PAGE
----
objections. One was from Headmistress Bridget Healy requesting a transfer
as it would be too far to walk from the residence to the school. The
other was on behalf of seven families only one of which had children at
arose when the Ogle site fell through, however Charles O'Brien Jnr
offered to subdivide two acres from Portion 237 for a school reserve.
Tenders were finally called in July 1906 and T. Hirons was contracted to
remove and re-erect the schoolhouse for 98 pounds.
A Common means of Transport. Photo courtesy of M Cooper.
The Move to Grandview
The restumped schoolhouse capped by
a new tin roof was ready for occupation on 5 October 1906. Twenty-eight
children were enrolled at the new provisional school under the tutelage of
Headmaster Richard Hilton. In 1908 the Board agreed to relocate the teacher's
residence to the new site. Removal and building extensions were carried out by
J. Price for 288 pounds.
Names appearing on the school
committee over the next ten years included Robert Bainbridge, James and William
O'Brien, John Bird Snr and William Denniston. Members continued to ensure the
buildings and grounds were maintained.
School work still focussed on the
3Rs but a shift towards useful subjects saw the introduction of nature studies
which included aspects of agriculture and biology. Drill, gymnastics and vocal
music were also part of the curriculum, but were oftern ignored or poorly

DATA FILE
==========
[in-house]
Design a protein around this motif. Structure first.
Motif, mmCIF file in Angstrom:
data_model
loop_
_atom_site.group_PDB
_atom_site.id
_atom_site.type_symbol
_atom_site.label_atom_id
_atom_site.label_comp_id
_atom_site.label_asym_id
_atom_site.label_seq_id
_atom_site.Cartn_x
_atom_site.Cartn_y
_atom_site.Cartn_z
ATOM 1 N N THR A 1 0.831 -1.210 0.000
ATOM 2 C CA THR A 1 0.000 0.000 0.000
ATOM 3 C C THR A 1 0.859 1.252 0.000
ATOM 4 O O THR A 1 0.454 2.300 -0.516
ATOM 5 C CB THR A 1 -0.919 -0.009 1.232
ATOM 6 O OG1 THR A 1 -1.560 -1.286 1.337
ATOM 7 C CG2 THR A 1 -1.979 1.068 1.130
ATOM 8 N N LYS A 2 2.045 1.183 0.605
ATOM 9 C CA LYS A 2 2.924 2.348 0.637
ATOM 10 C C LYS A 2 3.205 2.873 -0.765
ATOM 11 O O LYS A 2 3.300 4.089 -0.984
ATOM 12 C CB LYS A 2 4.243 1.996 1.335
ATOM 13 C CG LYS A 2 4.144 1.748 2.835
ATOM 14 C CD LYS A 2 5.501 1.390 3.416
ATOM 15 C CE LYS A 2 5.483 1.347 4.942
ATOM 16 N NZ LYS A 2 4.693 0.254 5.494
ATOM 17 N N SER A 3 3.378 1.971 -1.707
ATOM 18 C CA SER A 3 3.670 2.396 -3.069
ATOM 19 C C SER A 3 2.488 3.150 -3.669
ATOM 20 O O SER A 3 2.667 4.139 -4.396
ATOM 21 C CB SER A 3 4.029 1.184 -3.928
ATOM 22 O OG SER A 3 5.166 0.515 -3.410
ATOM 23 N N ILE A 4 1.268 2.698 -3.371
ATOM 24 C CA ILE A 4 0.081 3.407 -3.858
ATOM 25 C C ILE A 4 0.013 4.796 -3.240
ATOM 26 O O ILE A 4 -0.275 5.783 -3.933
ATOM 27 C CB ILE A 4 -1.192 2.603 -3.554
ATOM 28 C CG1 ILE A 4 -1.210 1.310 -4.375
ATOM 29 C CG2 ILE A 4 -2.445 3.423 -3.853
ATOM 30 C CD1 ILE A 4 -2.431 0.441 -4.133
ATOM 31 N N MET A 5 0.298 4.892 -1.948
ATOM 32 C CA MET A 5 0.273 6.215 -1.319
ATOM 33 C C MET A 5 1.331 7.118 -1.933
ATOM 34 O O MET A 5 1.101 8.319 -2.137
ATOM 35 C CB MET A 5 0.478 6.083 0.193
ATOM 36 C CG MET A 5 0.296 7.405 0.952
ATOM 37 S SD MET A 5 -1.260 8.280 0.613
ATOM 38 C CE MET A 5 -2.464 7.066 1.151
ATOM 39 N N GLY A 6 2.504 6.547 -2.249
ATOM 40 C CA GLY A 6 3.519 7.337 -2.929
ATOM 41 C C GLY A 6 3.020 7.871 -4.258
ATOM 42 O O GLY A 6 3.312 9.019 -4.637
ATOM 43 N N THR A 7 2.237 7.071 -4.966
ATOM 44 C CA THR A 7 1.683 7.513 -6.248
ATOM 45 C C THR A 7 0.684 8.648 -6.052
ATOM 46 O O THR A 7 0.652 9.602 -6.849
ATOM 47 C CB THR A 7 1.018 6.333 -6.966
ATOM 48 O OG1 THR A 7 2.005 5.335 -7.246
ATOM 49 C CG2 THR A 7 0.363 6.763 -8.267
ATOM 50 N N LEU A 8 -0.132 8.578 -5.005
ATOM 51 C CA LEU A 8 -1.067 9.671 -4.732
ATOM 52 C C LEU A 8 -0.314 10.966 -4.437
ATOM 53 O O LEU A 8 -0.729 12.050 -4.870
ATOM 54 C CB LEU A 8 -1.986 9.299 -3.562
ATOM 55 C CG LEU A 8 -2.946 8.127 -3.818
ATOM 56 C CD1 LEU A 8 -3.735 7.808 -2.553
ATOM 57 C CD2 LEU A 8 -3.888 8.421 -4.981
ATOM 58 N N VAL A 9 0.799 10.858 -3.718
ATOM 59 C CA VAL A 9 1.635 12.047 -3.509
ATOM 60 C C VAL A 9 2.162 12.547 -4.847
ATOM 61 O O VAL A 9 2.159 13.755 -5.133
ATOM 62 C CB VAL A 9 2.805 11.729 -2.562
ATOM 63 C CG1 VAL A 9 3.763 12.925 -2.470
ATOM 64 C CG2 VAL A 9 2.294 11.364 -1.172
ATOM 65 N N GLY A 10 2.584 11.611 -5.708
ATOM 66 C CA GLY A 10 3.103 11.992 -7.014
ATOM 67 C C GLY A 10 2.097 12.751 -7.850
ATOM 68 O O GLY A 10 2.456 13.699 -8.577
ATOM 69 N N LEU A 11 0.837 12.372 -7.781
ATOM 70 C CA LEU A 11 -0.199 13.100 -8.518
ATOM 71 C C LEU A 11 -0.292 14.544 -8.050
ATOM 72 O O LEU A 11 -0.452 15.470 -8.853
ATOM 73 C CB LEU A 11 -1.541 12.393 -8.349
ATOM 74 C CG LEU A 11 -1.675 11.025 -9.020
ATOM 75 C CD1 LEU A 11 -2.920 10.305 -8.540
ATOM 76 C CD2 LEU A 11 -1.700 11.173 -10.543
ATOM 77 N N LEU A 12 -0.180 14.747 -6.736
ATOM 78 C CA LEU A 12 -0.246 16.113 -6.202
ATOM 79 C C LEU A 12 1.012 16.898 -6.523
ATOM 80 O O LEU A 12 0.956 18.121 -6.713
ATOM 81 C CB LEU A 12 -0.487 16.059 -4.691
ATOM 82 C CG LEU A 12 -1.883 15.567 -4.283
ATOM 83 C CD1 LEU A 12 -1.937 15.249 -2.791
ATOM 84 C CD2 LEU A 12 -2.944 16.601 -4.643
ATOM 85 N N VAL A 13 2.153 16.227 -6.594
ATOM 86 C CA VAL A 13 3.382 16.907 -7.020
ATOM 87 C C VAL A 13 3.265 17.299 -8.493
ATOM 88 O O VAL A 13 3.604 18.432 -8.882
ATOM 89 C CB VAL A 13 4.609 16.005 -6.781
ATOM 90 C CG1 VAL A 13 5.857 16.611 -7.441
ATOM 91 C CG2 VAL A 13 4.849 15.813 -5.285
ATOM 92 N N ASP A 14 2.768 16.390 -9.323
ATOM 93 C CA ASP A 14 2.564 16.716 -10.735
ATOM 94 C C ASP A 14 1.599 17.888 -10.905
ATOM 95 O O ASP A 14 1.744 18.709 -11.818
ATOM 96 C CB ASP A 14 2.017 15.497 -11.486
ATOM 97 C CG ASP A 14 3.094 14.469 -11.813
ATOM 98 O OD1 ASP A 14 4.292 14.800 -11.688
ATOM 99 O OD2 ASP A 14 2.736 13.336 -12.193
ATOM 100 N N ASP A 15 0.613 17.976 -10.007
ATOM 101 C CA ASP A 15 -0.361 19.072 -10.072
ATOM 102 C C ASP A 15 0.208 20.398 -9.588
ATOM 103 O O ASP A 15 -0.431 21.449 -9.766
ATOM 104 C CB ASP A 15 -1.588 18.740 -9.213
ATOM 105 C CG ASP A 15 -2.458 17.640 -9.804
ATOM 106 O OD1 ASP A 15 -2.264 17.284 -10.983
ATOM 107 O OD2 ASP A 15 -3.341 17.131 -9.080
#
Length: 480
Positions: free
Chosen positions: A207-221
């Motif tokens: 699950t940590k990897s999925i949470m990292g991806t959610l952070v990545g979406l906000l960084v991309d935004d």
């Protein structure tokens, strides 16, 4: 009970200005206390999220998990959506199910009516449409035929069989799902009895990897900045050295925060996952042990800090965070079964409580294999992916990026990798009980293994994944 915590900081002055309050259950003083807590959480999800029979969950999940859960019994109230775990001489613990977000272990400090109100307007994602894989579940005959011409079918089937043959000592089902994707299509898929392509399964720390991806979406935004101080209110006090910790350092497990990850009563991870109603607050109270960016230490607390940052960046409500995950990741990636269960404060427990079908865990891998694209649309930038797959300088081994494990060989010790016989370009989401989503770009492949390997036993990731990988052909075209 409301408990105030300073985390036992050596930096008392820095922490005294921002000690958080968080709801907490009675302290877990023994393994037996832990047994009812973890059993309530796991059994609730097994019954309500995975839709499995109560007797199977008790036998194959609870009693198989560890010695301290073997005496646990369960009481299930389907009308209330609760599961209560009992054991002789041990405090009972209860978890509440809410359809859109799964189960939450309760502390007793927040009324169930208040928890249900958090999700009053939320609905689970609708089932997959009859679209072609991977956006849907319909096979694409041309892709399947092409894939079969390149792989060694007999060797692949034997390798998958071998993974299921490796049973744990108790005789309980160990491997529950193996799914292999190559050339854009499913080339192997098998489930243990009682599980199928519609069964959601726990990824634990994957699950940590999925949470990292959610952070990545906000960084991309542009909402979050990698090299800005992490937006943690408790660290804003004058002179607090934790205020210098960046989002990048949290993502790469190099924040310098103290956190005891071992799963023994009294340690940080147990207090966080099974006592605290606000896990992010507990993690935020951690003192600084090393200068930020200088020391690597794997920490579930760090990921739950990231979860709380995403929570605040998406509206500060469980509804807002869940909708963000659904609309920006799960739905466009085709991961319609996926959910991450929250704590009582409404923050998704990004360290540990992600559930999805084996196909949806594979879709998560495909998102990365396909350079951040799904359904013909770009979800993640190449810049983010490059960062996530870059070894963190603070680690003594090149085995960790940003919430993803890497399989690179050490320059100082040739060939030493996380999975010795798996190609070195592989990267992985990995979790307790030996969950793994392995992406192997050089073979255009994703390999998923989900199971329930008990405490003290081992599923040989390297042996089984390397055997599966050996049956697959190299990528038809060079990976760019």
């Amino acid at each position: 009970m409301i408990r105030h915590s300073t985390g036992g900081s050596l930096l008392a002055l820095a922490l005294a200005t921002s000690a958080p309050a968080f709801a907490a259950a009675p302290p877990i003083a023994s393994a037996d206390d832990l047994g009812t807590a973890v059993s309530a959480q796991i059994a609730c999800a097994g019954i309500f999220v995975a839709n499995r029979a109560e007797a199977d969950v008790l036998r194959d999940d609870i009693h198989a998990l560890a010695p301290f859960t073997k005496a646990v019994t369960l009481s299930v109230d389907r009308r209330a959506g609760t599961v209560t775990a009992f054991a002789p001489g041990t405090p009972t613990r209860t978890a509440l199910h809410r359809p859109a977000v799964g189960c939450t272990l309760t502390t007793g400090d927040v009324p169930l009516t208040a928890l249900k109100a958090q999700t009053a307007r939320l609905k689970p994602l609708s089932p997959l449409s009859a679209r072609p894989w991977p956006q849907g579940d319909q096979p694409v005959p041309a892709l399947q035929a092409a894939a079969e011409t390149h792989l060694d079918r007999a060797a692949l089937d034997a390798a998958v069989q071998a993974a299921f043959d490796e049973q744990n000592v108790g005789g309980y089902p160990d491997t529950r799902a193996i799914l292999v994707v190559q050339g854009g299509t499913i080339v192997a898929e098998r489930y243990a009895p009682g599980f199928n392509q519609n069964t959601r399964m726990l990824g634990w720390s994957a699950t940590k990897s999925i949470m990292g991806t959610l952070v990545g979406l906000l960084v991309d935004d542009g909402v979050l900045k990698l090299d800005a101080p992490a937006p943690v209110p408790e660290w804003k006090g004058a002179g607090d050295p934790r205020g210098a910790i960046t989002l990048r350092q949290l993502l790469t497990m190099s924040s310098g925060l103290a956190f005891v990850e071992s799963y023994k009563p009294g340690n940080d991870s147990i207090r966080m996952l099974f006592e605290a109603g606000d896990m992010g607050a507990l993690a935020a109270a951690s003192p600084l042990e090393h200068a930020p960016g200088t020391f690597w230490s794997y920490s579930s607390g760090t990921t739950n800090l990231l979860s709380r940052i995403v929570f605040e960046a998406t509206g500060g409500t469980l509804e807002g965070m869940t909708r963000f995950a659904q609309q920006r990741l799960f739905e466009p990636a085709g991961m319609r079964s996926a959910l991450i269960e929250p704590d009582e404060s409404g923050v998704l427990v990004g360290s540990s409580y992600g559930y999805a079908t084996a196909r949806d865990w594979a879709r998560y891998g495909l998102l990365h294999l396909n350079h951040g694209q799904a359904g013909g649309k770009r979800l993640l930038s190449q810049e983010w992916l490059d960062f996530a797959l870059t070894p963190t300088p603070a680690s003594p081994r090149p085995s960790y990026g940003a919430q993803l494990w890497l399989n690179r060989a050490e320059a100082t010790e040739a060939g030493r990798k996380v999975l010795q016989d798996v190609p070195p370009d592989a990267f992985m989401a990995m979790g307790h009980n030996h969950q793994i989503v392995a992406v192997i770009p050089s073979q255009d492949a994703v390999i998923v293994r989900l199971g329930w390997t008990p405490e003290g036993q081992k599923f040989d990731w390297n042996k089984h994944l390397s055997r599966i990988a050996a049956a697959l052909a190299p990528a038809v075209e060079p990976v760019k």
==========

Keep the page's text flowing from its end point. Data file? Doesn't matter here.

taught. The school day lasted from 9am to 4pm with a one or two hour break.
Cricket, swimming in the creek and wandering the neighbouring paddocks were
popular midday activities.
The District Inspector was obviously
impressed with the children's progress, commenting in his report of August
"Fully over half of the school
is comprised of pupils older than one generally finds in bush schools. The
whole are very well behaved, and give little trouble, but quietly, and
self-reliantly, apply themselves... I have seldom seen bigger boys more anxious
to make up for lost time."
Headmaster's residence. Photo courtesy of PEEC.
In 1909 four year old John Bird
began a lifelong association with the local school. He was awarded a special
medal for not missing a single day during the eight years of his primary
education.Pullen Vale regained its state school status in about 1909 when
minimum enrolment requirements had been reduced to twelve. The school's
population received an unexpected boost in 1912 with the enrolment of 27
trenchers' children. For three months, labourers, digging the trenches for the
water pipeline between Mt Crosby and Kenmore, camped at Pullen Vale with their
The pipeline also boosted the local
economy with farmers selling food to the trenchers and employment for people,
such as Tom Currie who hauled pipes with his bullock team.
By 1914 the school picnic had become
an annual event. The school was closed for the day and parents with trucks
would load up families and head off to Moreton Bay for a seaside picnic and
cruise on the "Koopa". the Brisbane Exhibition and Brookfield Show
were other special events that warranted official time off school.
The school, though far removed from
the battlefields, did not escape the effects of World War 1. One of its former
students, Patrick Boyle, was taken prisoner during his four year enlistment. On
Armistice Day 1918 Headmaster Gall and the students celebrated the end of the
war by banging tin cans and anything else they could find.
Through Depression and War
The social fabric of Pullen Vale
remained intact through the economic and emotional stress of the Great
Depression and World War II. Most families were not wealthy, but they were
self-sufficient. The valley not only maintained its commercially viable dairies